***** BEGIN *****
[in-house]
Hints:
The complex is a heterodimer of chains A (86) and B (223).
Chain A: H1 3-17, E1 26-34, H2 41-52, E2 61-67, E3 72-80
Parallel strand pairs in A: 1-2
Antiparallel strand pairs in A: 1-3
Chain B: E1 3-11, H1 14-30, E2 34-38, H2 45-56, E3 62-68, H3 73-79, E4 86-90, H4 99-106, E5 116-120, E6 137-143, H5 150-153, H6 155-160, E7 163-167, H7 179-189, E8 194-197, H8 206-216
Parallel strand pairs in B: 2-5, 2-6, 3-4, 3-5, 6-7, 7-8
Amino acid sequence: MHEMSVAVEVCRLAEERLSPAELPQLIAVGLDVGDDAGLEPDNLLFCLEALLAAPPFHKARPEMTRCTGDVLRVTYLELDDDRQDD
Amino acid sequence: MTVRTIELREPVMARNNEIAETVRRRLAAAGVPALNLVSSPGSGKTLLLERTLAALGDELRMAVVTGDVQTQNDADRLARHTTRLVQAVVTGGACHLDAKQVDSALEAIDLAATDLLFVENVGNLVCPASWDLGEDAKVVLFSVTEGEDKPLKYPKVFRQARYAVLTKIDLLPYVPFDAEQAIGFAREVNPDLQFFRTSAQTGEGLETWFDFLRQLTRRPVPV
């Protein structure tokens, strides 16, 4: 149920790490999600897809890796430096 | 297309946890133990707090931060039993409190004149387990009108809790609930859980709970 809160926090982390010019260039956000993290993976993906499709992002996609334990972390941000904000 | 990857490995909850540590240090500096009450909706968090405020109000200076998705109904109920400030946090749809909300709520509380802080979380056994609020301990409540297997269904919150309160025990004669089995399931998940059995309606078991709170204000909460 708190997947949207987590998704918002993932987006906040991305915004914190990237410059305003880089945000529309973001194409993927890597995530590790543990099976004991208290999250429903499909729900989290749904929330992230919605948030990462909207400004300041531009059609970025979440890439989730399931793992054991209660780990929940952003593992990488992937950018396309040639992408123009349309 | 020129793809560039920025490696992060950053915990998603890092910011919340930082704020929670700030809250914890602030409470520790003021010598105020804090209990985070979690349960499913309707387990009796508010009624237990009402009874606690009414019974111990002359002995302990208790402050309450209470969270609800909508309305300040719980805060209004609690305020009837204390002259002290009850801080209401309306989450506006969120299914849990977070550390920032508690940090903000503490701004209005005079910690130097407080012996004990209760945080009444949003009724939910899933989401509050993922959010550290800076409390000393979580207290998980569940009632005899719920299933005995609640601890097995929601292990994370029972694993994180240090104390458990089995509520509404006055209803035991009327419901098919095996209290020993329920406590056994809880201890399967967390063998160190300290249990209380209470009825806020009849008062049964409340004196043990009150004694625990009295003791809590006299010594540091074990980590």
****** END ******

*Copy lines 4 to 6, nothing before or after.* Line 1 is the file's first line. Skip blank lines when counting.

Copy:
Chain A: H1 3-17, E1 26-34, H2 41-52, E2 61-67, E3 72-80
Parallel strand pairs in A: 1-2
Antiparallel strand pairs in A: 1-3